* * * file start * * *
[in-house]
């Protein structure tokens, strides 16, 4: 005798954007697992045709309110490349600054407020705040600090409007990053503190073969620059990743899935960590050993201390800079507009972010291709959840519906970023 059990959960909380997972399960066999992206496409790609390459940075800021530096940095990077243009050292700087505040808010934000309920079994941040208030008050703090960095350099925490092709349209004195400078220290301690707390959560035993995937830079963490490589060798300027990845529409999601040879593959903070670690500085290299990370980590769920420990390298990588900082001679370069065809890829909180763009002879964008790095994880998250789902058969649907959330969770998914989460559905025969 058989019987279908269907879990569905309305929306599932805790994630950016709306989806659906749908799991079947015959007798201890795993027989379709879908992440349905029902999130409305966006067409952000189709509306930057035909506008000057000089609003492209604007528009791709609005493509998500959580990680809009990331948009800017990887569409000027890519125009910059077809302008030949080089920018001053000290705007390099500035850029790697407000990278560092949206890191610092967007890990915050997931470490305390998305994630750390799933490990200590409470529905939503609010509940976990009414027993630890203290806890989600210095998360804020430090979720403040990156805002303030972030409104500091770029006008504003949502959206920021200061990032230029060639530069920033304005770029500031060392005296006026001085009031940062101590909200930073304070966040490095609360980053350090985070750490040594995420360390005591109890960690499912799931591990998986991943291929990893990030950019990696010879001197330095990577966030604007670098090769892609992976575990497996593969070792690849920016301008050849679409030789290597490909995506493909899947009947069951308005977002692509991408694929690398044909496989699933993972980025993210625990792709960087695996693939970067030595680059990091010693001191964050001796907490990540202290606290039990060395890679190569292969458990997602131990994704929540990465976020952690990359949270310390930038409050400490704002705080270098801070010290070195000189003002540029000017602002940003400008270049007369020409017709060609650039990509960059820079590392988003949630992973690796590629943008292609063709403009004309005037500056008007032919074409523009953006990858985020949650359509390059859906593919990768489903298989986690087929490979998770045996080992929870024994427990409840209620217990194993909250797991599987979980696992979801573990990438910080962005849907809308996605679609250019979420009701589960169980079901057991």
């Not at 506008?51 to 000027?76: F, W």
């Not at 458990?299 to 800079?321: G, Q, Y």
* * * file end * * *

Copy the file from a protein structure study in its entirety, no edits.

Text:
[in-house]
């Protein structure tokens, strides 16, 4: 005798954007697992045709309110490349600054407020705040600090409007990053503190073969620059990743899935960590050993201390800079507009972010291709959840519906970023 059990959960909380997972399960066999992206496409790609390459940075800021530096940095990077243009050292700087505040808010934000309920079994941040208030008050703090960095350099925490092709349209004195400078220290301690707390959560035993995937830079963490490589060798300027990845529409999601040879593959903070670690500085290299990370980590769920420990390298990588900082001679370069065809890829909180763009002879964008790095994880998250789902058969649907959330969770998914989460559905025969 058989019987279908269907879990569905309305929306599932805790994630950016709306989806659906749908799991079947015959007798201890795993027989379709879908992440349905029902999130409305966006067409952000189709509306930057035909506008000057000089609003492209604007528009791709609005493509998500959580990680809009990331948009800017990887569409000027890519125009910059077809302008030949080089920018001053000290705007390099500035850029790697407000990278560092949206890191610092967007890990915050997931470490305390998305994630750390799933490990200590409470529905939503609010509940976990009414027993630890203290806890989600210095998360804020430090979720403040990156805002303030972030409104500091770029006008504003949502959206920021200061990032230029060639530069920033304005770029500031060392005296006026001085009031940062101590909200930073304070966040490095609360980053350090985070750490040594995420360390005591109890960690499912799931591990998986991943291929990893990030950019990696010879001197330095990577966030604007670098090769892609992976575990497996593969070792690849920016301008050849679409030789290597490909995506493909899947009947069951308005977002692509991408694929690398044909496989699933993972980025993210625990792709960087695996693939970067030595680059990091010693001191964050001796907490990540202290606290039990060395890679190569292969458990997602131990994704929540990465976020952690990359949270310390930038409050400490704002705080270098801070010290070195000189003002540029000017602002940003400008270049007369020409017709060609650039990509960059820079590392988003949630992973690796590629943008292609063709403009004309005037500056008007032919074409523009953006990858985020949650359509390059859906593919990768489903298989986690087929490979998770045996080992929870024994427990409840209620217990194993909250797991599987979980696992979801573990990438910080962005849907809308996605679609250019979420009701589960169980079901057991």
């Not at 506008?51 to 000027?76: F, W």
């Not at 458990?299 to 800079?321: G, Q, Y």